Open Access Research Protocol

Incidence and Clinical Profiles of COVID-19 In Patients with Gynecological Surgery. A Single Center Descriptive Study from Spain

Reyes Oliver1,2, Gregorio Lopez-Gonzalez1,2,3, Alberto Galindo1,2,3, Carmen Alvarez-Conejo1, Sofia Aragon-Sanchez1,2, Maria Consuelo Sanz-Ferrandez1,2 and Alvaro Tejerizo- García 1,2,3*

1Department of Obstetrics and Gynecology, Hospital Universitario 12 de Octubre. Madrid, Spain

2Instituto de Investigación Hospital 12 de Octubre (imas12), Universidad Complutense de Madrid, Spain

3Universidad Complutense de Madrid, Spain

Corresponding Author

Received Date: November 02, 2020;  Published Date: November 23, 2020


Background: The inflammatory reaction after a surgical intervention could exacerbate the course of the COVID-19. We aim to determine the rate of COVID-19 and its complications among gynecological surgeries in the context of different measures taken during the pandemic period in our department.

Methods: A retrospective longitudinal observational study was conducted. Clinical records of patients who underwent gynecological surgery from March 1st to April 10th, 2020 were reviewed. During this period, three different approaches were made: first phase, without any screening or surgical restrictions; second phase, with presurgical epidemiological screening using a specific questionnaire; and third phase, also with presurgical SARS-COV-19 RT-PCR. During the second and third phases the surgical activity and complexity were restricted, and different workflows were established for patient with suspected/confirmed infection. After hospital discharge, telephone follow-up was performed and screening for COVID-19 was carried out. Complications from the disease were analyzed.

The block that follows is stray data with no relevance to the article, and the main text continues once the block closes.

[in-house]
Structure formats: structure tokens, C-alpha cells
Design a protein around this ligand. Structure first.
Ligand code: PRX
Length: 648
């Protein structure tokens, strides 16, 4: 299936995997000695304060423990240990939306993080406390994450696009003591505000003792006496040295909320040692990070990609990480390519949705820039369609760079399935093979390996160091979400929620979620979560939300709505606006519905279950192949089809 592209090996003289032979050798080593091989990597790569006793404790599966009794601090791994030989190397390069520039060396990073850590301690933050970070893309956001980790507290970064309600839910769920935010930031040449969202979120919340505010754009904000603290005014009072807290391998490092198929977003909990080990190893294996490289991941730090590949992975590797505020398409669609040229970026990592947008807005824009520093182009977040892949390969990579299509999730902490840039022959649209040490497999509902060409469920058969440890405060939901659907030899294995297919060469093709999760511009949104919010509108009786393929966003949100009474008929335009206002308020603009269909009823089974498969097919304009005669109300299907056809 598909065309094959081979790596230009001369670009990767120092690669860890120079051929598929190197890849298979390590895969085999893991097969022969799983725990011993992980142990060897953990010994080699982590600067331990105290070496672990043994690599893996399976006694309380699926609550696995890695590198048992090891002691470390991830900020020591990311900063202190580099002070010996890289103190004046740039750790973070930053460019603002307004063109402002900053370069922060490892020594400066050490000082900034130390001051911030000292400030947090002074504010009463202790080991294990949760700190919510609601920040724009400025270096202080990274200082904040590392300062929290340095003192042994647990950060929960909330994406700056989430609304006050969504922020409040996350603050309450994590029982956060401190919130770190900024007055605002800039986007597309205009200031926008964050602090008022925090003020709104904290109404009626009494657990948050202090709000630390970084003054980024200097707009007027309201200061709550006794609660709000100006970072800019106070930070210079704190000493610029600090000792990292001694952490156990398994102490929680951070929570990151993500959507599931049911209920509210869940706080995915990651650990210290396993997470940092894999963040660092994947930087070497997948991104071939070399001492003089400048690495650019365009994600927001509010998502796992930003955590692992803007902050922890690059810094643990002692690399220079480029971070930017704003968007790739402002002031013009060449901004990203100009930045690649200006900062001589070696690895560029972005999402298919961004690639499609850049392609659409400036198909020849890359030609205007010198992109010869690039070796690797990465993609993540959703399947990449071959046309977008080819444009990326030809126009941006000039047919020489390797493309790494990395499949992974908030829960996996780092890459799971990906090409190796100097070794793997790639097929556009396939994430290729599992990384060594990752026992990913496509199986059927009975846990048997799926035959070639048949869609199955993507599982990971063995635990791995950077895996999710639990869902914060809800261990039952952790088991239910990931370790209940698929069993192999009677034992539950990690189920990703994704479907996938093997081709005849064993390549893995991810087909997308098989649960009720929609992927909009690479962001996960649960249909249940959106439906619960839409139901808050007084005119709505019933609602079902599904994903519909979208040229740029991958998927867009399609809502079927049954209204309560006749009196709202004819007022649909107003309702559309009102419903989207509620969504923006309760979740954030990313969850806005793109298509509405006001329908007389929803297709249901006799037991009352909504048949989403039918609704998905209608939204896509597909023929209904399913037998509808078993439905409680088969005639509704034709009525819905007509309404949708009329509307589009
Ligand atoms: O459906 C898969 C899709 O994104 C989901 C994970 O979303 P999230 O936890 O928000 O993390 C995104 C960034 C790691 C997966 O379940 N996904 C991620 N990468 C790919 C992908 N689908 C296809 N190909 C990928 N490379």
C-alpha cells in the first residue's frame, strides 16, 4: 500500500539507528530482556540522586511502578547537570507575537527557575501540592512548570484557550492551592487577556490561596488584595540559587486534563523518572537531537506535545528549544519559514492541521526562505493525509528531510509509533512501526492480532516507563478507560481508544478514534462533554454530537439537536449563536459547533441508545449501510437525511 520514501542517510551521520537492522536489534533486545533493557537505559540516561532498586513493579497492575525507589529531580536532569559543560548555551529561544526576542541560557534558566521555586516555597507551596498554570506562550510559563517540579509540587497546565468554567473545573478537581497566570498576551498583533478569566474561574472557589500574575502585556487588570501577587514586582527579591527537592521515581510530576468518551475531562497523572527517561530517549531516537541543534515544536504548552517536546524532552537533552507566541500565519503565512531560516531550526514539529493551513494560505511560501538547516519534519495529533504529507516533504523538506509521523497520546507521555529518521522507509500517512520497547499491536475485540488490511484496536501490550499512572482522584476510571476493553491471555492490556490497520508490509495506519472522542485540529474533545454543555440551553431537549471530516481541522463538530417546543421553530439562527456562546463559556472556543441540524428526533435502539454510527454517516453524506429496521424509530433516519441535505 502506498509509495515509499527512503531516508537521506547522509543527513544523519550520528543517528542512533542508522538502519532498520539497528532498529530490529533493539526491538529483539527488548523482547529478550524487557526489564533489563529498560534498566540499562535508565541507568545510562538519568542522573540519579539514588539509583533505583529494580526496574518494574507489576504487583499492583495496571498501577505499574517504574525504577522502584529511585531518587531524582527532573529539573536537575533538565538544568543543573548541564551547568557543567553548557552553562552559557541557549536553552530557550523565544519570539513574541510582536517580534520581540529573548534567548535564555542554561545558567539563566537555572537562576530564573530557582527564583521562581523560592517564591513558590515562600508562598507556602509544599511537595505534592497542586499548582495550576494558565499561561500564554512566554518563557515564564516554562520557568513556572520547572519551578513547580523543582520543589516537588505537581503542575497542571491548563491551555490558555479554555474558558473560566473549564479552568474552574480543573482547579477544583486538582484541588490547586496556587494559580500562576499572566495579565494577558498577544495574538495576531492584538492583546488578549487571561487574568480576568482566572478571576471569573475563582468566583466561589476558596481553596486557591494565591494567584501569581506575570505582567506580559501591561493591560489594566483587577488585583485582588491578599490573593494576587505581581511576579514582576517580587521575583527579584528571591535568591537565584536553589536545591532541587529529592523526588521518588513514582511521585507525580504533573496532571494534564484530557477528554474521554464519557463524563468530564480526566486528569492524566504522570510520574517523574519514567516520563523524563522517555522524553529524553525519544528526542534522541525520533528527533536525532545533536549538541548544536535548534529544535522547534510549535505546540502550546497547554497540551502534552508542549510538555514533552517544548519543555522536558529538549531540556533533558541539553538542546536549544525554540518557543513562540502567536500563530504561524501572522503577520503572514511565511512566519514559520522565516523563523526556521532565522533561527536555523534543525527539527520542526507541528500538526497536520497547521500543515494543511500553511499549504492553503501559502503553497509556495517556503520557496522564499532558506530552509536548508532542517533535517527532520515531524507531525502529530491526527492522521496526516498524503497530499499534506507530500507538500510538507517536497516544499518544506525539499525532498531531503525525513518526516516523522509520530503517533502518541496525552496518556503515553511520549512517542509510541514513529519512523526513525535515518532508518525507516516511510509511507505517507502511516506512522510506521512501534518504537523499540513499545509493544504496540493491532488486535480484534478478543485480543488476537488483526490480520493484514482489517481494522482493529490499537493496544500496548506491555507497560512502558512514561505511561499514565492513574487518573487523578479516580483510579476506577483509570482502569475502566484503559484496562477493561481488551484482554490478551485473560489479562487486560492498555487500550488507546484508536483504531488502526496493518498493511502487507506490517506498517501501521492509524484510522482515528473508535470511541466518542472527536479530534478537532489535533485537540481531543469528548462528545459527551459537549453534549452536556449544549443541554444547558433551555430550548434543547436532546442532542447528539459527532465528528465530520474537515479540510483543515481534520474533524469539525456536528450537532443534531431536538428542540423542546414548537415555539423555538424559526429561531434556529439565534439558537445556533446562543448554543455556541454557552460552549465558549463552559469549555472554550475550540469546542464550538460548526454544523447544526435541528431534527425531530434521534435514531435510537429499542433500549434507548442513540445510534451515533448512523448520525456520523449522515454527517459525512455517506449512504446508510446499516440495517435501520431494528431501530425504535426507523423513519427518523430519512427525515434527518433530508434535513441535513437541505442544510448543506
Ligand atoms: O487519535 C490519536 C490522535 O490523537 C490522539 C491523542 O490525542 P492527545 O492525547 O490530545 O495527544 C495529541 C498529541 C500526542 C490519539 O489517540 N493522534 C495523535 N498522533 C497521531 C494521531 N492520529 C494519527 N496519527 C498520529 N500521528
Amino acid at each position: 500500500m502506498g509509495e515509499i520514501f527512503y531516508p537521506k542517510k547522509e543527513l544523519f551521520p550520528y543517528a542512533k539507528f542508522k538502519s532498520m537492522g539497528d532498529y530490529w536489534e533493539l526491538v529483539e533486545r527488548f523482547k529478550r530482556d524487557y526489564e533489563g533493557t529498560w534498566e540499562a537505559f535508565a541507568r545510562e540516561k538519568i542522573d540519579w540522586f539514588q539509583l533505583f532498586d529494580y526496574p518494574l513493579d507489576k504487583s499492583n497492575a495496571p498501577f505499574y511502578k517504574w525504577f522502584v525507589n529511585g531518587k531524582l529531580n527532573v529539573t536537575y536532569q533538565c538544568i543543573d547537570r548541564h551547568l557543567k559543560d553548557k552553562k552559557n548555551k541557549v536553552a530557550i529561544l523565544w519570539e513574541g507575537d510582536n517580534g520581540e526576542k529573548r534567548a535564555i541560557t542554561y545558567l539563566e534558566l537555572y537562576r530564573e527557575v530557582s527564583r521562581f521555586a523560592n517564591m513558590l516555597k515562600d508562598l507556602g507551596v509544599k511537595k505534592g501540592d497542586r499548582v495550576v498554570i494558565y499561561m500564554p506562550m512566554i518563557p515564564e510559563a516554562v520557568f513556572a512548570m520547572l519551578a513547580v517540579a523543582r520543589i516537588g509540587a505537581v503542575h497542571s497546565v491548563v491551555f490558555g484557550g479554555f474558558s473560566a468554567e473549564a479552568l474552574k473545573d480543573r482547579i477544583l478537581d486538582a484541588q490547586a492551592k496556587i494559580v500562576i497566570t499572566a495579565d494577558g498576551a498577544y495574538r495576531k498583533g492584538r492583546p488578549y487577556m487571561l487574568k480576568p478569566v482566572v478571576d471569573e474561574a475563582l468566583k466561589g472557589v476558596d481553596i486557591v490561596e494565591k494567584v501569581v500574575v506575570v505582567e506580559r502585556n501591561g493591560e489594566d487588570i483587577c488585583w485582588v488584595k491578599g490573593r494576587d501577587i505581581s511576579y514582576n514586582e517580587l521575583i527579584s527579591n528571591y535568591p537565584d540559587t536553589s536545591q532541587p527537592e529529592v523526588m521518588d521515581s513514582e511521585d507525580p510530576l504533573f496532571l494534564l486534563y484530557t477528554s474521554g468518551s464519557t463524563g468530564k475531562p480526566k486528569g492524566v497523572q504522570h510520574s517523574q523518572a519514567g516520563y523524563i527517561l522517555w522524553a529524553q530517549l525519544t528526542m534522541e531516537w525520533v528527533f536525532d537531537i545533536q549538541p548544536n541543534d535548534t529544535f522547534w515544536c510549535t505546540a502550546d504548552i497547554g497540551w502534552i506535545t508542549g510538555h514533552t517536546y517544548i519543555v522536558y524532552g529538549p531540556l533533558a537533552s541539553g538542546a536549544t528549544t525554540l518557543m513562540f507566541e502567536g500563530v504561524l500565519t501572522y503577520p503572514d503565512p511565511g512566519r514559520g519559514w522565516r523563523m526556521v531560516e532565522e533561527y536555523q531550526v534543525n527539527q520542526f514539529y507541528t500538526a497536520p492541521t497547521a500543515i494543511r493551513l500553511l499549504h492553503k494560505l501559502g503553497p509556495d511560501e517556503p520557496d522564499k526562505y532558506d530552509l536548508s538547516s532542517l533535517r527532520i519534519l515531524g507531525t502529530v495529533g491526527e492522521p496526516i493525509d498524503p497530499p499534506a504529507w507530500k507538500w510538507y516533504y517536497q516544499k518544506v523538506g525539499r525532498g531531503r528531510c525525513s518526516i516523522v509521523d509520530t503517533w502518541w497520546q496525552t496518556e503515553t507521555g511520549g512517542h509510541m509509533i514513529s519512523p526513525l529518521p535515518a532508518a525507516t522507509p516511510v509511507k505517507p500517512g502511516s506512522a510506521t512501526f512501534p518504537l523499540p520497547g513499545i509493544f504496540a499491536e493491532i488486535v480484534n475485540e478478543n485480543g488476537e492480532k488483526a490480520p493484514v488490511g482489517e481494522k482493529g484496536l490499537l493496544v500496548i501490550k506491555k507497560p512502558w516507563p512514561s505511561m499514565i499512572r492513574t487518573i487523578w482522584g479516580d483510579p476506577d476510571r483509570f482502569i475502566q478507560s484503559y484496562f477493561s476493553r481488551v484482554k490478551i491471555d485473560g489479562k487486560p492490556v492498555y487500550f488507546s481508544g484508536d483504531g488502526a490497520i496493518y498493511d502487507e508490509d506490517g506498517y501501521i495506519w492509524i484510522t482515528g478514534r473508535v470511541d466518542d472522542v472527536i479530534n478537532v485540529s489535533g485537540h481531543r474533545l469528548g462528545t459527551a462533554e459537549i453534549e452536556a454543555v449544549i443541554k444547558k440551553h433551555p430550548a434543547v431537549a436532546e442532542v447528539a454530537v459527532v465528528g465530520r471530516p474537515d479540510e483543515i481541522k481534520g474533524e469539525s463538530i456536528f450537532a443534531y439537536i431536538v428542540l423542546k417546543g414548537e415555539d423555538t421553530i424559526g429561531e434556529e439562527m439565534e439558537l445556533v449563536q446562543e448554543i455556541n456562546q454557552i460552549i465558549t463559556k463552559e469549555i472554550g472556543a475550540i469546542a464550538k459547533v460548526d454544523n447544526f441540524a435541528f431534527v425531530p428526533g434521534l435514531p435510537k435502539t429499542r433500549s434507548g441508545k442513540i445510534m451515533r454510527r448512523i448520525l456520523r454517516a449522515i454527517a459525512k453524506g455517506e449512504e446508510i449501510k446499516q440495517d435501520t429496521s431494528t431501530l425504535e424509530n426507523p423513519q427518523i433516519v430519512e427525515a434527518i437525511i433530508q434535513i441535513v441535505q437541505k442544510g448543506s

Results: Of the 118 patients that underwent gynecological surgeries, 10 (8.5%) were perioperatively diagnosed with COVID-19. Of these patients, 8 (80%) were not pre-surgical screened for SARS-CoV-2 infection, neither clinical nor with RT-PCR. The other 2 (20%) were preoperative screened with RT-PCR, one of them with a positive test result. Screening false negative rate was 0.8%. No postoperative complications derived from COVID-19 were observed.

Conclusions: The establishment of different surgical workflows, the reduction of surgical complexity, and the use of a pre-surgical screening to detect patient at SARS-CoV-2 infection risk, could reduce the postoperative complications derived from that infection and improve surgical outcomes.

Keywords: COVID-19; SARS-cov-2; Surgery; Gynecology

Abstract: COVID-19: Coronavirus Disease; SARS-CoV-2: Severe Acute Respiratory Syndrome Coronavirus 2; R0: Basic Reproductive Number; ARDS: Acute Respiratory Distress Syndrome; ICU: Intensive Care Unit; RT-PCR: Quantitative RNA by Reverse Transcription Polymerase Chain Reaction; IQR: Interquartile Range

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